The little red food truck parked outside Auckland’s Lynn Mall may look unassuming, but the food being prepared inside it is anything but. Ethiopian food truck Mesob opened its doors in May 2019 and is the result of one family’s desire to bring the flavours of their birth country’s cuisine to New Zealand - the nation they’ve called home for the past 16 years. Named after the colourful stands that are used to serve injera, a soft fermented bread that accompanies all their meals, Mesob was founded by husband and wife duo, Henok and Genet, and Genet’s sister, Eden.
Before arriving in New Zealand, Henok admits that the All Blacks and their mighty haka, Anchor milk powder, and KIWI shoe polish were the only things he knew about where he was moving to. Now a local – and still an avid All Blacks supporter - he happily reports that he has found New Zealand to be a beautiful, peaceful and welcoming place to live.
Kiwis have welcomed my family into their community, and we want to give back by sharing a slice of our home community with them.
“In Ethiopia, food is seen as a way to share and spend time together, and we want to share our culture with the people of New Zealand.”
The food truck has been a labour of love for this family unit, who all grew up in Mek’ele, Ethiopia, a tropical city of about 300,000 people. Genet and Eden were both taught to cook by their grandmother from the age of four or five years old, and together with Henok, they’re sharing their passion for the cuisine of their childhood with Kiwis.
Mesob is one of just two places in Auckland to serve authentic Ethiopian food, and its appeal is immediate. The sisters keep their food truck’s incense dish well stocked, which makes for an enticing aroma when combined with the smell of fresh coffee, popcorn and warming cooking spices. Genet says sharing meals is a large part of their Ethiopian culture.
Normally families eat together on one tray. Even in restaurants that is the norm, to go with friends and share all the food you ordered on one tray.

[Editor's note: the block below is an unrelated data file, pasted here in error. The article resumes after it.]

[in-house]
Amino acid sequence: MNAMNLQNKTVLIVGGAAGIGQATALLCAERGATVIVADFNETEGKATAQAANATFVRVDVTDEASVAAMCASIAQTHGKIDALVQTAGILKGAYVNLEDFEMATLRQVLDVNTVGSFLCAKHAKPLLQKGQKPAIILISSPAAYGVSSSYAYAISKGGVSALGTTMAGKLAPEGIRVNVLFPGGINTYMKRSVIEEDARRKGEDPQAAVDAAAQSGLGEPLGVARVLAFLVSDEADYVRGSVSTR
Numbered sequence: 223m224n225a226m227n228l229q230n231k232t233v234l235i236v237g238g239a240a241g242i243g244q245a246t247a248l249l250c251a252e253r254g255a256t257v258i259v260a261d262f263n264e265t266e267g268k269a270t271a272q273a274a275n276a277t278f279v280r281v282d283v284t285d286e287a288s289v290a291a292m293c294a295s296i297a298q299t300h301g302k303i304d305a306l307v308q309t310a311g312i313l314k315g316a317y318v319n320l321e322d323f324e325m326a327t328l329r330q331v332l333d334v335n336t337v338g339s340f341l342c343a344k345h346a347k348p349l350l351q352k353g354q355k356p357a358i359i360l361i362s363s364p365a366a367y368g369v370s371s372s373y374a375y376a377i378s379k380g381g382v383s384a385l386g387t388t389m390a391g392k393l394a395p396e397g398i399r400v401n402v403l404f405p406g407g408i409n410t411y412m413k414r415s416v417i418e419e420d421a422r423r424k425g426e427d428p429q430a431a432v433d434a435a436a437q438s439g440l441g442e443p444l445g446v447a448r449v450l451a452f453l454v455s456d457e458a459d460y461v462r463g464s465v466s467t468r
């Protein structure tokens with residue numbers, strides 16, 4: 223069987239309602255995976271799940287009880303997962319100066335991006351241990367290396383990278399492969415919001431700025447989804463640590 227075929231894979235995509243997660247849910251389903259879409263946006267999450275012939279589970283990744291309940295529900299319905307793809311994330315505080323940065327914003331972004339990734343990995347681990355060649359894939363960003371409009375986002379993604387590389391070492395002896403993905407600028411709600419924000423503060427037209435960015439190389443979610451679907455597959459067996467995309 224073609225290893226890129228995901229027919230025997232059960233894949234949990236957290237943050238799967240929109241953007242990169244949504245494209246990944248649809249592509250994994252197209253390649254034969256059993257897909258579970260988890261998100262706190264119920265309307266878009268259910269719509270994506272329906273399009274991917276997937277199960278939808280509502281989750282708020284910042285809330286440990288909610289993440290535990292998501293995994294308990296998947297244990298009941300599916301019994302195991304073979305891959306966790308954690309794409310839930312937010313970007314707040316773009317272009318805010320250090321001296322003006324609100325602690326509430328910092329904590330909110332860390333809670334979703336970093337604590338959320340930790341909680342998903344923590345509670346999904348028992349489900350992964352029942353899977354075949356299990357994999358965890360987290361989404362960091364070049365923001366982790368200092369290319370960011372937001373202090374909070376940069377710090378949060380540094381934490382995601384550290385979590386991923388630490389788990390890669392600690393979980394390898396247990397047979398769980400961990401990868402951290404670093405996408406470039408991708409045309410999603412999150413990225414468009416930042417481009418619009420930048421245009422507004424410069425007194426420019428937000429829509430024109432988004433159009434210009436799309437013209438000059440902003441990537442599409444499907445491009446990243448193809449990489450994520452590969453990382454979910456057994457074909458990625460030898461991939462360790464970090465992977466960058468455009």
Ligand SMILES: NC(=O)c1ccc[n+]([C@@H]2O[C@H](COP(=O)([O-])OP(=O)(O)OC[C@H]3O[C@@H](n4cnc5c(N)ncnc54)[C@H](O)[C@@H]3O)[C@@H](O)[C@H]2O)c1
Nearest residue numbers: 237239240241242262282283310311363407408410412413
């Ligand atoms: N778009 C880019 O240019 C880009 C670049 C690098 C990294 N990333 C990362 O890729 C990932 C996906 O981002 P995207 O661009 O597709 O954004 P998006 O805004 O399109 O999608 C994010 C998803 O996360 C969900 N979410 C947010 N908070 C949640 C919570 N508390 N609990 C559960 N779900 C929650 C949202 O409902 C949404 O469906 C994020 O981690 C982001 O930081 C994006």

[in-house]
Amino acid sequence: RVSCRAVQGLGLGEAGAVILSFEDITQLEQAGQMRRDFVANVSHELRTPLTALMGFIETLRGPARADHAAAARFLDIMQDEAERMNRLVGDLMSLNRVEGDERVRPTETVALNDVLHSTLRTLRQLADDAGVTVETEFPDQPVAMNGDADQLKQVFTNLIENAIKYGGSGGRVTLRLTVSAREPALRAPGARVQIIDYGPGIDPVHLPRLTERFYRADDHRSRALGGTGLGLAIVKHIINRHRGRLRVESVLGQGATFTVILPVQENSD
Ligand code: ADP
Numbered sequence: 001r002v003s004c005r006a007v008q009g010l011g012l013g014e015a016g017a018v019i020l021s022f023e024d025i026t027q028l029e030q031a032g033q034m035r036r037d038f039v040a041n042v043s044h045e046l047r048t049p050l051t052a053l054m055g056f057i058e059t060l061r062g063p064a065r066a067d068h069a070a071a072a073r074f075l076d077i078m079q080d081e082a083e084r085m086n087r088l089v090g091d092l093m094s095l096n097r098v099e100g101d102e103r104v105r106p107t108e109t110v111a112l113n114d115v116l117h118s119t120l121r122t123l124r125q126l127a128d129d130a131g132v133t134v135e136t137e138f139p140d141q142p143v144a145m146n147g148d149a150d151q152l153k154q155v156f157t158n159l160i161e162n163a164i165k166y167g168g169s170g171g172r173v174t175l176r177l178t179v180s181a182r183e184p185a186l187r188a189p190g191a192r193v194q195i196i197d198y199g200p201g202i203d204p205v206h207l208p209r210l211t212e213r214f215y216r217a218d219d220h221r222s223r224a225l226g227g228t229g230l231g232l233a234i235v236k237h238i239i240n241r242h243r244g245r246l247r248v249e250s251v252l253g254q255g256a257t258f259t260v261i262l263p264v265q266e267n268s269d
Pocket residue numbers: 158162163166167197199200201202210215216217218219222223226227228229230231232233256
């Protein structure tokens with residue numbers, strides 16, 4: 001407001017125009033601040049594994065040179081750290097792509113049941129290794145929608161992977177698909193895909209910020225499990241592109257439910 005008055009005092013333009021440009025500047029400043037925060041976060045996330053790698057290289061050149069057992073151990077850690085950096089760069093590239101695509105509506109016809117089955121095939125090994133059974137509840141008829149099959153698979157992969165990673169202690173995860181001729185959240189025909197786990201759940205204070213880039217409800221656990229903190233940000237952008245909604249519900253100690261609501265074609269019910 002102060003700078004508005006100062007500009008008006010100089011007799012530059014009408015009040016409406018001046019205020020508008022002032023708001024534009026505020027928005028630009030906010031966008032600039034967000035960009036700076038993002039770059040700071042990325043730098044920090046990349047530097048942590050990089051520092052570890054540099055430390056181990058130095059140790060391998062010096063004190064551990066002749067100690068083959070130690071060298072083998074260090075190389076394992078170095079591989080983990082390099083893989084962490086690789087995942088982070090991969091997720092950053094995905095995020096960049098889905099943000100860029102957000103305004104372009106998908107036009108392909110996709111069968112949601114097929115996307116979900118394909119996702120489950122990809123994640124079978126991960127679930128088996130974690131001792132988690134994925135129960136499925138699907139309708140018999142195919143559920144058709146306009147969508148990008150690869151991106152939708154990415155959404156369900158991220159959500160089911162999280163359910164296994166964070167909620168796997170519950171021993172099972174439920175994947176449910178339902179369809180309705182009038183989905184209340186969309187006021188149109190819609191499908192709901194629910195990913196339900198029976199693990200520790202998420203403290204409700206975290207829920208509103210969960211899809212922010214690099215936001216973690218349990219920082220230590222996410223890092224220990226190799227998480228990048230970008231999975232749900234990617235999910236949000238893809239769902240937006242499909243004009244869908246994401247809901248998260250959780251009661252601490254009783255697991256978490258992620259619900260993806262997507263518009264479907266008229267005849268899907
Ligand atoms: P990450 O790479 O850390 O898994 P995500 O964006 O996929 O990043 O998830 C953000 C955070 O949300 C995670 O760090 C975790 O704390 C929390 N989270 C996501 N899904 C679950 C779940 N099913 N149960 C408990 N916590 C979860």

Typical dishes served from Mesob’s pots include the very popular doro wot, a comforting, spicy chicken dish which takes three to four hours to prep. On Wednesdays and Fridays, the entire menu is vegan, in accordance with the Ethiopian tradition of not eating meat or dairy on those days.
The meals are warming, brimming with flavour and moreish. According to Genet and Eden, customers especially love the Misir Kik Wot, a blend of red lentils cooked in finely chopped onion, berbere (Ethiopian spice blend), and the Keysir be dnich - a unique dish of potatoes stained bright pink with beetroot juice and cooked in berbere. Both are delicious mopped up with plenty of fresh injera.
“Many of our customers have never tried, or even heard of Ethiopian dishes before, but they’re curious. One of my favourite things is to see them have the first bite and their eyes light up – it’s special to be bringing something so unique to Auckland,” says Genet.
Then there’s the coffee, which is imported from Ethiopia, where the drink is seen as social therapy. Mesob makes their coffee fresh for each customer by hand-roasting, grinding and brewing fresh green coffee beans. Served black with a side of popcorn, the coffee packs a punch and tastes as fresh as you can get. Typically, Ethiopians drink three cups at regular moments throughout the day with family – morning, midday, and evening.
Mesob’s tea is also a treat, with its fresh, vibrant orange, cardamom, ginger, cinnamon and clove combination making for an especially warming – and beautifully coloured - cuppa on a cold morning.
Any Ethiopian cuisine enthusiasts that can’t find one of their favourites on Mesob’s menu are in luck – Genet and Eden are happy to whip up any Ethiopian dish on request.
For one small food truck, the food, drinks and slice of culture that it delivers are seriously impressive. A taste of Ethiopia in the middle of New Lynn is something pretty special – and introducing your palate to these traditional delights is not something you’ll regret.